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What are the different types of volcanoes?

A Quick Reference Guide For Volcano Types

 

Cinder Cones and Scoria Cones

 

Cinder cones are the simplest type of volcano. They are built from particles and blobs of congealed lava ejected from a single vent. As the gas-charged lava is blown violently into the air, it breaks into small fragments that solidify and fall as cinders around the vent to form a circular or oval cone. Most cinder cones have a bowl-shaped crater at the summit and rarely rise more than a thousand feet or so above their surroundings. Cinder cones are numerous in western North America as well as throughout other volcanic terrains of the world.

 

Composite Volcanoes and Stratovolcanoes

 

Some of the Earth's grandest mountains are composite volcanoes -- sometimes called stratovolcanoes. They are typically steep-sided, symmetrical cones of large dimension built of alternating layers of lava flows, volcanic ash, cinders, blocks, and bombs and may rise as much as 8,000 feet above their bases. Some of the most conspicuous and beautiful mountains in the world are composite volcanoes, including Mount Fuji in Japan, Mount Cotopaxi in Ecuador, Mount Shasta in California, Mount Hood in Oregon, Mount St. Helens and Mount Rainier in Washington. Most composite volcanoes have a crater at the summit which contains a central vent or a clustered group of vents. Lavas either flow through breaks in the crater wall or issue from fissures on the flanks of the cone. Lava, solidified within the fissures, forms dikes that act as ribs which greatly strengthen the cone. The essential feature of a composite volcano is a conduit system through which magma from a reservoir deep in the Earth's crust rises to the surface. The volcano is built up by the accumulation of material erupted through the conduit and increases in size as lava, cinders, ash, etc., are added to its slopes. Composite volcanoes tend to erupt explosively and pose considerable danger to nearby life and property.

 

Shield Volcanoes

 

Shield volcanoes are built almost entirely of fluid lava flows. Flow after flow pours out in all directions from a central summit vent, or group of vents, building a broad, gently sloping cone of flat, domical shape, with a profile much like that of a warrior's shield. They are built up slowly by the accretion of thousands of highly fluid lava flows called basalt lava that spread widely over great distances, and then cool as thin, gently dipping sheets. Lavas also commonly erupt from vents along fractures (rift zones) that develop on the flanks of the cone. Some of the largest volcanoes in the world are shield volcanoes. In northern California and Oregon, many shield volcanoes have diameters of 3 or 4 miles and heights of 1,500 to 2,000 feet. The Hawaiian Islands are composed of linear chains of these volcanoes including Kilauea and Mauna Loa on the island of Hawaii-- two of the world's most active volcanoes. In some eruptions, basaltic lava pours out quietly from long fissures instead of central vents and floods the surrounding countryside with lava flow upon lava flow, forming broad plateaus. Lava plateaus of this type can be seen in Iceland, southeastern Washington, eastern Oregon, and southern Idaho. Along the Snake River in Idaho, and the Columbia River in Washington and Oregon, these lava flows are beautifully exposed and measure more than a mile in total thickness.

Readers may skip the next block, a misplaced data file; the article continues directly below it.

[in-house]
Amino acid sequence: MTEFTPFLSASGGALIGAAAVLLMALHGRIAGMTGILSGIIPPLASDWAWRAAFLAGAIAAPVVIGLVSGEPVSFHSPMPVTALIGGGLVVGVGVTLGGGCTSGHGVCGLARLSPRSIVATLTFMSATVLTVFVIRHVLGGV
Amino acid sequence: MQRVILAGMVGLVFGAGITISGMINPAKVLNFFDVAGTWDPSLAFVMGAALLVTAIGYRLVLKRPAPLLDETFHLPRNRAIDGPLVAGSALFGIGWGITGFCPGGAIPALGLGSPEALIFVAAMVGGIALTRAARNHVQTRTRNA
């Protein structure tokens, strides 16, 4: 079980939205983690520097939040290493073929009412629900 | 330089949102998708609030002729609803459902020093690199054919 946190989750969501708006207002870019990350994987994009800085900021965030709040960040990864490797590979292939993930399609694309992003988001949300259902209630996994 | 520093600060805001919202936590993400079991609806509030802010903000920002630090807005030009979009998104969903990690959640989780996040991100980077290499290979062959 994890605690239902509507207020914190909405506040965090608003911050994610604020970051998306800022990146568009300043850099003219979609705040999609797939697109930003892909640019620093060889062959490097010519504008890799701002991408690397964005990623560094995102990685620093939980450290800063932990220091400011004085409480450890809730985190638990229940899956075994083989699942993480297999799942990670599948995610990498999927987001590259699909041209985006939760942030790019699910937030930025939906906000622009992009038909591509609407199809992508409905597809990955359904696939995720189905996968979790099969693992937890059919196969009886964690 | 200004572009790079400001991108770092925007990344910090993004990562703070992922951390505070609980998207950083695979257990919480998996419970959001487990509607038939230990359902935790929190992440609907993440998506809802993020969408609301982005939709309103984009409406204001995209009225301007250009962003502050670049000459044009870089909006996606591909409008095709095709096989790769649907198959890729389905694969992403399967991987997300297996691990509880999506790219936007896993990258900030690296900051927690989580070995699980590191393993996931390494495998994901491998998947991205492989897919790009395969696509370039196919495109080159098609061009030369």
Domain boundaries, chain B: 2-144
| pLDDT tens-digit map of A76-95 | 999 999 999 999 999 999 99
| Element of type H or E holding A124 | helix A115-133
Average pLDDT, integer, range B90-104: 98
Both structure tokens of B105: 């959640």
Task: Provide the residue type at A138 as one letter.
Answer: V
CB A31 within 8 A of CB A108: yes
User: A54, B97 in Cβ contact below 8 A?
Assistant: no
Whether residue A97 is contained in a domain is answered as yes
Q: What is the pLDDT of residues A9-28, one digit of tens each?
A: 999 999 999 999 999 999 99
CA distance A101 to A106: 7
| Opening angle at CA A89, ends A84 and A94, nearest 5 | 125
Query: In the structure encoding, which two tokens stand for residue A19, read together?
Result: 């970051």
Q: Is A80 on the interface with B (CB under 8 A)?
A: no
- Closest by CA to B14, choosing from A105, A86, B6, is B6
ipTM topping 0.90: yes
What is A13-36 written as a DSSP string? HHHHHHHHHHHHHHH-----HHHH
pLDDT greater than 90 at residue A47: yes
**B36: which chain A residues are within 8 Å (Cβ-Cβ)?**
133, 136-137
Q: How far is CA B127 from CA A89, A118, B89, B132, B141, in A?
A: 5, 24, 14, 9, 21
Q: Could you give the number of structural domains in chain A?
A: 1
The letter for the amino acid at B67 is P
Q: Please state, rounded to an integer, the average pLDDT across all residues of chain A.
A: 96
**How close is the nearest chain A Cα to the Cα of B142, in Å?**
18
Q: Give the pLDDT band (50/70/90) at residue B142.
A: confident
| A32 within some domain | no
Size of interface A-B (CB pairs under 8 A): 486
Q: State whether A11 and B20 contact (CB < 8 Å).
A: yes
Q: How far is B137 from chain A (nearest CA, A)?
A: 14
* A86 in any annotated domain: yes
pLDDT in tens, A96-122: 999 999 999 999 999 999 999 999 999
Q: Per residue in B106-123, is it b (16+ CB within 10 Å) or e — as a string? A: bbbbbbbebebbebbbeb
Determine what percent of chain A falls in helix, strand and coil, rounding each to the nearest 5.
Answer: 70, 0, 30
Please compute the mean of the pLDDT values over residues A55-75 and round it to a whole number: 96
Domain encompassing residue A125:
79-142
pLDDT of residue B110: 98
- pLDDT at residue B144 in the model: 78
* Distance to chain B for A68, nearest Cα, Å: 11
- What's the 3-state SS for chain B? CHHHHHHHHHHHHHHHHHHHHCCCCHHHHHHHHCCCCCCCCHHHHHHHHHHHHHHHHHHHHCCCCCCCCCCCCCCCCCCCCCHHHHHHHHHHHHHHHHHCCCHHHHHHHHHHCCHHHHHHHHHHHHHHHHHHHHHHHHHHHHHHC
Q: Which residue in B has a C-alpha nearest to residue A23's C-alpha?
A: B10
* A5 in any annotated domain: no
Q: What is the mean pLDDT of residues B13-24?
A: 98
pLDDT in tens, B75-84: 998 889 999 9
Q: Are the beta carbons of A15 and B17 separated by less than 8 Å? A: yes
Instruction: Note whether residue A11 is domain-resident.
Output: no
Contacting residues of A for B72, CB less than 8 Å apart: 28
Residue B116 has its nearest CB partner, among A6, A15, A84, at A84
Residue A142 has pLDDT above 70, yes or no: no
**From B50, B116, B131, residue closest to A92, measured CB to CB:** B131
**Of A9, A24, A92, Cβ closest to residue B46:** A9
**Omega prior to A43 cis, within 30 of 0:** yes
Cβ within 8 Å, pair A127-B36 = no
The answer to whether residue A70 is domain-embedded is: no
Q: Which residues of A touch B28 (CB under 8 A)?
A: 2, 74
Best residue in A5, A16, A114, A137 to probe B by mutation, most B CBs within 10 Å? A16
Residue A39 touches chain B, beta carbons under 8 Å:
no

Lava Domes

 

Volcanic or lava domes are formed by relatively small, bulbous masses of lava too viscous to flow any great distance; consequently, on extrusion, the lava piles over and around its vent. A dome grows largely by expansion from within. As it grows its outer surface cools and hardens, then shatters, spilling loose fragments down its sides. Some domes form craggy knobs or spines over the volcanic vent, whereas others form short, steep-sided lava flows known as "coulees." Volcanic domes commonly occur within the craters or on the flanks of large composite volcanoes. The nearly circular Novarupta Dome that formed during the 1912 eruption of Katmai Volcano, Alaska, measures 800 feet across and 200 feet high. The internal structure of this dome--defined by layering of lava fanning upward and outward from the center--indicates that it grew largely by expansion from within.  Other examples of lava domes are Lassen Peak, Mammoth Mountain and Mono Domes--all in California.

 

Calderas

 

The largest and most explosive volcanic eruptions eject tens to hundreds of cubic kilometers of magma onto the Earth's surface. When such a large volume of magma is removed from beneath the volcano, the ground subsides or callapses into the emptied space to form a huge depression called a caldera. Some calderas are more than 25 kilometers in diameter and several kilometers deep. Calderas are different from craters, which are smaller, circular depressions created primarily by explosive excavation of rock during eruptions. Aniakchak Caldera, in Alaska, formed during an enormous explosive eruption that expelled more than 50 km3 of magma about 3,450 years ago. The caldera is 10 km in diameter and 500-1,000 m deep. Subsequent eruptions formed domes, cinder cones, and explosion pits on the caldera floor.

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